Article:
Princeville frustrations high a year after Hurricane Matthew

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Princeville remains a mess a year after Matthew.

In Princeville, signs of Hurricane Matthew remain everywhere you look. The elementary school is still closed; so is the senior center in town; so are four apartment complexes.

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"Have we gotten a check?" Edgecombe County Commissioner Viola Harris asked on behalf of Matthew's victims? "No," she said, answering her own question. "Once they said how much they were going to send, all of a sudden, they had to have a new study done."

Harris is skeptical the state and federal governments want to help.

"What they deem important?" she again asked. "Nobody wants to say it, but Princeville is a predominantly black town."

State officials acknowledge help has been slow to filter down to the ground level in Princeville and other hard-hit parts of the state but say they're working hard to make things right.

Last week, Gov. Roy Cooper announced plans to move key facilities in town to a new location away from low-lying parts of town.

"We're still working," he told local and government officials during a tour of the ground. "There's a lot that has been done to help people get back on their feet; a lot of work to do. We know that trying to get money to local governments to help rebuild infrastructure, to help rebuild low income housing, to mitigate damages, to elevate homes, there is still work to do. Recovery is long term and for victims, the help can never come fast enough and we know that."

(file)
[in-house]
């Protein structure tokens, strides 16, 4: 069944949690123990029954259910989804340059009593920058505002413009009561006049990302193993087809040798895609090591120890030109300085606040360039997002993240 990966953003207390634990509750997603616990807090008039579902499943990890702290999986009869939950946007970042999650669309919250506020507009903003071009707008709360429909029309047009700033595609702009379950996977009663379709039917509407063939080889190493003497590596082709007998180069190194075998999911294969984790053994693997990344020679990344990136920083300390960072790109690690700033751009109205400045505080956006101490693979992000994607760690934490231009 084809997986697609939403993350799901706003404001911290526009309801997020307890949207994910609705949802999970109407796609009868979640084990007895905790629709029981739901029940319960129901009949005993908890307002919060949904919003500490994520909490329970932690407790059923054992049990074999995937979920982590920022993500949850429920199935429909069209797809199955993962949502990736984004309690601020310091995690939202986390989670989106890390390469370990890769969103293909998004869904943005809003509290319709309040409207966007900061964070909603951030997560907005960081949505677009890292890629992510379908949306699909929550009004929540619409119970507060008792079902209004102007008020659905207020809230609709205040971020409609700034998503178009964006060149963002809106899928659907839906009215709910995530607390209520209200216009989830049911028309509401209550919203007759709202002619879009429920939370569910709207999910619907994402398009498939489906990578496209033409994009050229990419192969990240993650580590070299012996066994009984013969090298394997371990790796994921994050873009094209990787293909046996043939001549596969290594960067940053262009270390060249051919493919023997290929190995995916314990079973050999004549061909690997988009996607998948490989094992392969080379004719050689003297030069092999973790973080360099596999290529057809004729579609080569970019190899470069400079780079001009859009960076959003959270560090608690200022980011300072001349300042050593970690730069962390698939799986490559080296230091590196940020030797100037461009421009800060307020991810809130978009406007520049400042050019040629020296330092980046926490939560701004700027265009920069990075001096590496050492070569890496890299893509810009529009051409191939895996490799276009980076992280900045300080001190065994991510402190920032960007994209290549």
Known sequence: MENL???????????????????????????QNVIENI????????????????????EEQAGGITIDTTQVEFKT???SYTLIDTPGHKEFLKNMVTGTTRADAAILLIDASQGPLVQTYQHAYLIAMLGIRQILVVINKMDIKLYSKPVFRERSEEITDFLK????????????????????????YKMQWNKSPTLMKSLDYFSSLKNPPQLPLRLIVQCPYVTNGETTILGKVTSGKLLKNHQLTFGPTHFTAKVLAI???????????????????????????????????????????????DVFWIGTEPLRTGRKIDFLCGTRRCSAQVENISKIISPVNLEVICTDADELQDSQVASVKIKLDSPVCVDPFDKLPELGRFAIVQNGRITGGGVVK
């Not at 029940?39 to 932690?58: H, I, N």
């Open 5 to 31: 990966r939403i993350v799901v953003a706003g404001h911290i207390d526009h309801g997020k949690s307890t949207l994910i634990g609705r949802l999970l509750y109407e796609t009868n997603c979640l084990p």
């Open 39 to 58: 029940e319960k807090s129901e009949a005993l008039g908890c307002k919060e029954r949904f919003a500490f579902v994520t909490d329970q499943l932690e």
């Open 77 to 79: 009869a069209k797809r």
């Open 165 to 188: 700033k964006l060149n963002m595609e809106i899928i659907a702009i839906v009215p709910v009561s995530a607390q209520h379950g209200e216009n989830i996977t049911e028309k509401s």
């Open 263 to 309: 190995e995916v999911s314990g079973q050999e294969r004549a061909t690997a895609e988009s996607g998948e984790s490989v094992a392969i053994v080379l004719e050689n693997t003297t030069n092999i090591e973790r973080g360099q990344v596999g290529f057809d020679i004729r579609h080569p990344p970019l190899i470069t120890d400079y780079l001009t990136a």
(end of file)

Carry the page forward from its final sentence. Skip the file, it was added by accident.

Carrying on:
Still, Harris said help has been particularly slow since Hurricanes Harvey and Irma.

"Once floods hit Houston and Florida," she said, "the money was frozen. We had it, then those things occurred and all of a sudden, it was frozen. I don't understand that. Princeville has been waiting for a year; other parts of North Carolina have been waiting for a year. These things just happened and all of a sudden the money has dried up and has not arrived."

Cooper acknowledged the challenge of getting federal money in the midst of overwhelming need but pledged to keep fighting for it.

"Congress is going to have to face some tough decisions here about significant funding for Florida and for Puerto Rico and Texas. There's a lot that's happened there and significant damage. So, going forward, all the states that have been affected, we've got to realize that we're all in this together and we need the help."

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